Andrew Bailey, announced this morning as the next Governor of the Bank of England, is not, to use a term quoted this morning, a ‘rock star’ banker. He has been sold to the nation as a boring, dependable sort who will steady the horses, the safety-first candidate. It no doubt helps in this impression that he is, in fact, a banker – unlike the labour lawyer now running the European Central Bank, Christine Lagarde.
But that rather misses out a bigger question about Andrew Bailey: what is his attitude towards the regulation of banks and the wider financial sector in general? This matters somewhat as, under his watch, Britain will have to decide how to use its new-found freedom over financial regulation – whether to deregulate, increase regulation or follow the EU.
On regulation, Bailey’s copybook bears several rather large blots. As chief executive of the Financial Conduct Authority (FCA) since 2016, he has presided over a series of scandals that critics have asserted the FCA ought to have had a hand in preventing. There was the London Capital and Finance minibonds scandal, which led to many small investors losing their savings and which inspired a dozen MPs to sign a motion demanding Bailey’s dismissal. There were the Neil Woodford funds and the activities of the Royal Bank of Scotland’s Global Restructuring Group, which was supposed to be helping companies recover from financial problems but was found to be doing rather the opposite: feasting on their assets. In reaction to the latter, Bailey pointed out that lending to small businesses was not regulated, but that perhaps it ought to be.
Generally, Bailey is not a big regulations man. Asked in 2011 as to whether banks should face extra regulation in light of the banking crisis he said:
‘If you take intensive and intrusive [supervision] literally, there is no end to it. Take one of the big banks: there are probably a dozen prudential supervisors working on a big bank, but you could have 120, you could have 200; of course, in the US they do. There is no end to it, unless you are focused and able to apply judgment around that focus.’
In a speech in 2016, shortly before he took charge at the FCA he made a speech arguing that the underlying culture of a bank was more important than regulation. ‘It is not for us as regulators to prescribe culture,’ he argued, ‘that would not work.’ He has also rejected the idea that bonuses should be regulated, as the EU has done, limiting annual bonuses to 100 per cent of basic salary – something which critics have noted has simply inflated bonuses. He has said that as a regulator ‘I don’t tend to ring people up and tell them to get their bonuses down’. Bailey’s approach is rather to insist that ‘remuneration is structured to ensure that individuals have skin in the game, namely that a meaningful amount of past remuneration is retained or deferred and for senior people is at risk should problems then emerge’ – in other words, you crash your bank and your personal wealth goes down with it.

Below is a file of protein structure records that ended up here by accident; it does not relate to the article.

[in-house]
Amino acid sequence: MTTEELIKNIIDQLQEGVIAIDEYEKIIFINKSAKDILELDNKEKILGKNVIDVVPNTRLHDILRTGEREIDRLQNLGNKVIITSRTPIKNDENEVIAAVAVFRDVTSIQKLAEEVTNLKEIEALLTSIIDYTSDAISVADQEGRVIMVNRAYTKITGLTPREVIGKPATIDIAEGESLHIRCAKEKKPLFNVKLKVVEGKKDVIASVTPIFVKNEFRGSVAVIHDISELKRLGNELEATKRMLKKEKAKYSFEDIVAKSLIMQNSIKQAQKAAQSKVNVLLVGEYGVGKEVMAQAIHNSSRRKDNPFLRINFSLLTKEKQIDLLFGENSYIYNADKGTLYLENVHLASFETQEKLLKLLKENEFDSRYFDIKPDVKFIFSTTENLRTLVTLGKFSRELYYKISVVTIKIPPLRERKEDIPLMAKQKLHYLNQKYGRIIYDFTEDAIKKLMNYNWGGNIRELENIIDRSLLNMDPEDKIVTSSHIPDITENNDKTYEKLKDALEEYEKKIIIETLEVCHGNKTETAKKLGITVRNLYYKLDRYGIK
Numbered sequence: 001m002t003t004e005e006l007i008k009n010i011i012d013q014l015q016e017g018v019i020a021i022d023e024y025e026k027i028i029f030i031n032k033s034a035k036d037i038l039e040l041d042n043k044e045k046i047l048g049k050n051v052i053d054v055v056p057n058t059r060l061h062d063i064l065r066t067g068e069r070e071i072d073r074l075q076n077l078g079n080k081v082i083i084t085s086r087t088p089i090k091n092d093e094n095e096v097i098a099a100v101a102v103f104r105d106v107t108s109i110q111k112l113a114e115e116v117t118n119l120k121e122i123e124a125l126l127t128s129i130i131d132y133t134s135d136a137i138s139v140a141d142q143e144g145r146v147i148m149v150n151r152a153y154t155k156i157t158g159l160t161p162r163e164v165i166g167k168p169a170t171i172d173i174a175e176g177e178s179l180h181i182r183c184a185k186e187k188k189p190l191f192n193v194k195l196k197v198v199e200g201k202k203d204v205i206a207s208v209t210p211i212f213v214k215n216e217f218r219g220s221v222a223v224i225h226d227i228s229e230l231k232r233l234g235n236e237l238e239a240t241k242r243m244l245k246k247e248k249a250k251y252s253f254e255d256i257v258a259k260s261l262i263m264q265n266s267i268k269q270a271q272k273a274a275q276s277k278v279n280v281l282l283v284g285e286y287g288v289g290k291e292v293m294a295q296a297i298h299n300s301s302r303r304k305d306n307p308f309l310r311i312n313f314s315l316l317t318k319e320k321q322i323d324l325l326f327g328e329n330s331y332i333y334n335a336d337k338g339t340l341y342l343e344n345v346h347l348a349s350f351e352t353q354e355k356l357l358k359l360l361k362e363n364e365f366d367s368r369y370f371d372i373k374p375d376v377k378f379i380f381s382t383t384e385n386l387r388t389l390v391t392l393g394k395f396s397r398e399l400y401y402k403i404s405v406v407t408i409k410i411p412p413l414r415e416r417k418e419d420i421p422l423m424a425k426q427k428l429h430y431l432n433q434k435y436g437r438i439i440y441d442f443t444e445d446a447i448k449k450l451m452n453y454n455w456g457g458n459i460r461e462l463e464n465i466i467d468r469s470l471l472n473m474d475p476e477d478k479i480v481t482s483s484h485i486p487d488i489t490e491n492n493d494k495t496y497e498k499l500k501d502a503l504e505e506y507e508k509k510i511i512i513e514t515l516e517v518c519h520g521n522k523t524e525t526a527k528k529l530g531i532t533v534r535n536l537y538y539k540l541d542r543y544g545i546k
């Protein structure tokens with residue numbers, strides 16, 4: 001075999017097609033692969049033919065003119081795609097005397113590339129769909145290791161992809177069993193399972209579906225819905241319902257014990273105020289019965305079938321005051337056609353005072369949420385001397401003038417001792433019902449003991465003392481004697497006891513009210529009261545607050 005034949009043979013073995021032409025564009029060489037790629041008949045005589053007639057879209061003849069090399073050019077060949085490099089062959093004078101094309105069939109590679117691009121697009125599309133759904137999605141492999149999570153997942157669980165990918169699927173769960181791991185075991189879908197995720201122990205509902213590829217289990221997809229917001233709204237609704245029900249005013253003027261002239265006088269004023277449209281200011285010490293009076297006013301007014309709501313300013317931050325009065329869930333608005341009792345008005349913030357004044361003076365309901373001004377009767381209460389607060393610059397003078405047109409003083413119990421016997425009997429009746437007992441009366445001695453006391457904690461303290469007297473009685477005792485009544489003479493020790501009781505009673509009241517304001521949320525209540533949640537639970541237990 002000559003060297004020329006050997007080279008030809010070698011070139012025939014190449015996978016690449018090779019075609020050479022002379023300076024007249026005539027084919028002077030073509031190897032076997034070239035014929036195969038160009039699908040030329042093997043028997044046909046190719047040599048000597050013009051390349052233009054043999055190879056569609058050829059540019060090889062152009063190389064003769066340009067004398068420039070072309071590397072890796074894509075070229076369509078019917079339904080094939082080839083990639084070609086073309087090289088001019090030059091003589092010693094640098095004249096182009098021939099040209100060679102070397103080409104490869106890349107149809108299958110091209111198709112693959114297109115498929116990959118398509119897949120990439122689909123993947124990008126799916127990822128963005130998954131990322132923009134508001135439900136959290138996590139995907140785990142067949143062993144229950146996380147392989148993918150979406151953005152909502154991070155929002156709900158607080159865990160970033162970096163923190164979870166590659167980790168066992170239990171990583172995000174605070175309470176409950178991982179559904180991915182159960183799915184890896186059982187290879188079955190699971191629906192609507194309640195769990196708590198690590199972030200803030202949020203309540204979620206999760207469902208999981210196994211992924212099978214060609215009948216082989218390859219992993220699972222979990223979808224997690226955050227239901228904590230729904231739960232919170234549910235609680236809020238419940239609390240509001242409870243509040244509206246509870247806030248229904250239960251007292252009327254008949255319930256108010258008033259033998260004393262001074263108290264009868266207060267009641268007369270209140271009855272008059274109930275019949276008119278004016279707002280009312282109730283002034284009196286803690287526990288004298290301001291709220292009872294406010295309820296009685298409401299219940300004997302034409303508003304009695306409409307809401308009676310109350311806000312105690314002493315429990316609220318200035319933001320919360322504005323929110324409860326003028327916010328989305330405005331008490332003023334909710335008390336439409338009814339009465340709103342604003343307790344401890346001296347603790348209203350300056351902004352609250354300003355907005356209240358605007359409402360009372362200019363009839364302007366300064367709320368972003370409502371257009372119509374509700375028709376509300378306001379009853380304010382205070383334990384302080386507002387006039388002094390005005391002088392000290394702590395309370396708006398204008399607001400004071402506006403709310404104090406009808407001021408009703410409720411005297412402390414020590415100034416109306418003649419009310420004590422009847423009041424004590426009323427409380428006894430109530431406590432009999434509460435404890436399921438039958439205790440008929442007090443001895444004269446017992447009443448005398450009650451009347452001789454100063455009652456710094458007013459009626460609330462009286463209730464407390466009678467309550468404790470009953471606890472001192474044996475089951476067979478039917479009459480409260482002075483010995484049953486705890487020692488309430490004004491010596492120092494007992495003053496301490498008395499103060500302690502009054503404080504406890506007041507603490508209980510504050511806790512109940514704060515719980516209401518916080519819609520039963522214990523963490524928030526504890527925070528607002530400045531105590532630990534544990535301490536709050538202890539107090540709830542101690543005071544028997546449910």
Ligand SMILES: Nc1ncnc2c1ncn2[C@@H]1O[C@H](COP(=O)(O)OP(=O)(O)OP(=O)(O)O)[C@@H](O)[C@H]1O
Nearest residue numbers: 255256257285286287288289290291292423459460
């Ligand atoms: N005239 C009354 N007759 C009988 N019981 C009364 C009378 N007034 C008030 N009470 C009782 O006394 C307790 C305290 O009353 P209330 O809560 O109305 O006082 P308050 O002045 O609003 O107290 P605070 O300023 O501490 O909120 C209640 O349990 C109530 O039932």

The bonus cap has also been criticised by Mark Carney and could be an early piece of divergence from EU regulation – although one which is fraught with political difficulty for the government, especially given its dependence on votes from traditional Labour areas. Headlines about the good times being back for banker bonuses are not going to go down well.
But bankers will be reassured to note that Bailey’s instincts are, like those of Boris in the wake of the banking crisis, to speak up for bankers. He said in his 2016 speech:
‘Today, the public perception of banking, and some other areas of finance, remains too much towards the exploitative “Greed is good” end of the spectrum. Major changes have occurred since the crisis which have improved behaviour in firms, but public opinion broadly does not recognise these developments and tends to think that nothing has changed.’
Suffice to say, then, that he wouldn’t have been John McDonnell’s man.